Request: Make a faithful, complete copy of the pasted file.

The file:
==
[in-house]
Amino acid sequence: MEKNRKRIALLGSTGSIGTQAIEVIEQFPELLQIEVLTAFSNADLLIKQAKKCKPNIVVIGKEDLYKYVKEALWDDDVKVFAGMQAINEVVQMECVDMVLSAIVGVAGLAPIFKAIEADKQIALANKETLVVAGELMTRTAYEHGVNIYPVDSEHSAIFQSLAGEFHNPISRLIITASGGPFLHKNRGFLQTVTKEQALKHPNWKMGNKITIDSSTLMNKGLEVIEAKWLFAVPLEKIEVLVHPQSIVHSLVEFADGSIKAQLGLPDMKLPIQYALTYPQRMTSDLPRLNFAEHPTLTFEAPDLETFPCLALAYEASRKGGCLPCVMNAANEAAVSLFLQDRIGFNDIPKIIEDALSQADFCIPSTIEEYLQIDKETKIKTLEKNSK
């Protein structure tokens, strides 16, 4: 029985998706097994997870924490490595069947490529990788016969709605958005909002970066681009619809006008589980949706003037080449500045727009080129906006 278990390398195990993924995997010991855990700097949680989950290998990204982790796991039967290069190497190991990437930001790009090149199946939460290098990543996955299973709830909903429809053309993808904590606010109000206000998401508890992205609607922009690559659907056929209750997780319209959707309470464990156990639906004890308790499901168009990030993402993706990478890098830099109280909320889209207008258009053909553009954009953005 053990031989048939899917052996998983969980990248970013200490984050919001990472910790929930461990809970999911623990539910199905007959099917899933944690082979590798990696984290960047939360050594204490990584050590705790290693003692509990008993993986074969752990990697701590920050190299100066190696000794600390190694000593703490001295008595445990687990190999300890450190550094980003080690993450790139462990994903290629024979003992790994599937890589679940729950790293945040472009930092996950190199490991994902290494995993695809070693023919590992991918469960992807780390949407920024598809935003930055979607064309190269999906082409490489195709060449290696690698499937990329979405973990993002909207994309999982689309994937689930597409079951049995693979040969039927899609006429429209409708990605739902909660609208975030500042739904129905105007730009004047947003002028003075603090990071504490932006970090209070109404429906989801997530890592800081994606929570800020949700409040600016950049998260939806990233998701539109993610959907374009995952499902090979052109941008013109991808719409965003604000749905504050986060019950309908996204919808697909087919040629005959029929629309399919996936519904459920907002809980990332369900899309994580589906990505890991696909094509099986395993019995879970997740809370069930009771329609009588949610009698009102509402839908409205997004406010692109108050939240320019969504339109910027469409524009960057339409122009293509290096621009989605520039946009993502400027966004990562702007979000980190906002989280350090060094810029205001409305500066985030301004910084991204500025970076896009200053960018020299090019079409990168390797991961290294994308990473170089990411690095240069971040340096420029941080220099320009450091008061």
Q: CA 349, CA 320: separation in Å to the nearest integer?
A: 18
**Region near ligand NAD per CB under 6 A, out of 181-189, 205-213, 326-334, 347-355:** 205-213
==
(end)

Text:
[in-house]
Amino acid sequence: MEKNRKRIALLGSTGSIGTQAIEVIEQFPELLQIEVLTAFSNADLLIKQAKKCKPNIVVIGKEDLYKYVKEALWDDDVKVFAGMQAINEVVQMECVDMVLSAIVGVAGLAPIFKAIEADKQIALANKETLVVAGELMTRTAYEHGVNIYPVDSEHSAIFQSLAGEFHNPISRLIITASGGPFLHKNRGFLQTVTKEQALKHPNWKMGNKITIDSSTLMNKGLEVIEAKWLFAVPLEKIEVLVHPQSIVHSLVEFADGSIKAQLGLPDMKLPIQYALTYPQRMTSDLPRLNFAEHPTLTFEAPDLETFPCLALAYEASRKGGCLPCVMNAANEAAVSLFLQDRIGFNDIPKIIEDALSQADFCIPSTIEEYLQIDKETKIKTLEKNSK
């Protein structure tokens, strides 16, 4: 029985998706097994997870924490490595069947490529990788016969709605958005909002970066681009619809006008589980949706003037080449500045727009080129906006 278990390398195990993924995997010991855990700097949680989950290998990204982790796991039967290069190497190991990437930001790009090149199946939460290098990543996955299973709830909903429809053309993808904590606010109000206000998401508890992205609607922009690559659907056929209750997780319209959707309470464990156990639906004890308790499901168009990030993402993706990478890098830099109280909320889209207008258009053909553009954009953005 053990031989048939899917052996998983969980990248970013200490984050919001990472910790929930461990809970999911623990539910199905007959099917899933944690082979590798990696984290960047939360050594204490990584050590705790290693003692509990008993993986074969752990990697701590920050190299100066190696000794600390190694000593703490001295008595445990687990190999300890450190550094980003080690993450790139462990994903290629024979003992790994599937890589679940729950790293945040472009930092996950190199490991994902290494995993695809070693023919590992991918469960992807780390949407920024598809935003930055979607064309190269999906082409490489195709060449290696690698499937990329979405973990993002909207994309999982689309994937689930597409079951049995693979040969039927899609006429429209409708990605739902909660609208975030500042739904129905105007730009004047947003002028003075603090990071504490932006970090209070109404429906989801997530890592800081994606929570800020949700409040600016950049998260939806990233998701539109993610959907374009995952499902090979052109941008013109991808719409965003604000749905504050986060019950309908996204919808697909087919040629005959029929629309399919996936519904459920907002809980990332369900899309994580589906990505890991696909094509099986395993019995879970997740809370069930009771329609009588949610009698009102509402839908409205997004406010692109108050939240320019969504339109910027469409524009960057339409122009293509290096621009989605520039946009993502400027966004990562702007979000980190906002989280350090060094810029205001409305500066985030301004910084991204500025970076896009200053960018020299090019079409990168390797991961290294994308990473170089990411690095240069971040340096420029941080220099320009450091008061």
Q: CA 349, CA 320: separation in Å to the nearest integer?
A: 18
**Region near ligand NAD per CB under 6 A, out of 181-189, 205-213, 326-334, 347-355:** 205-213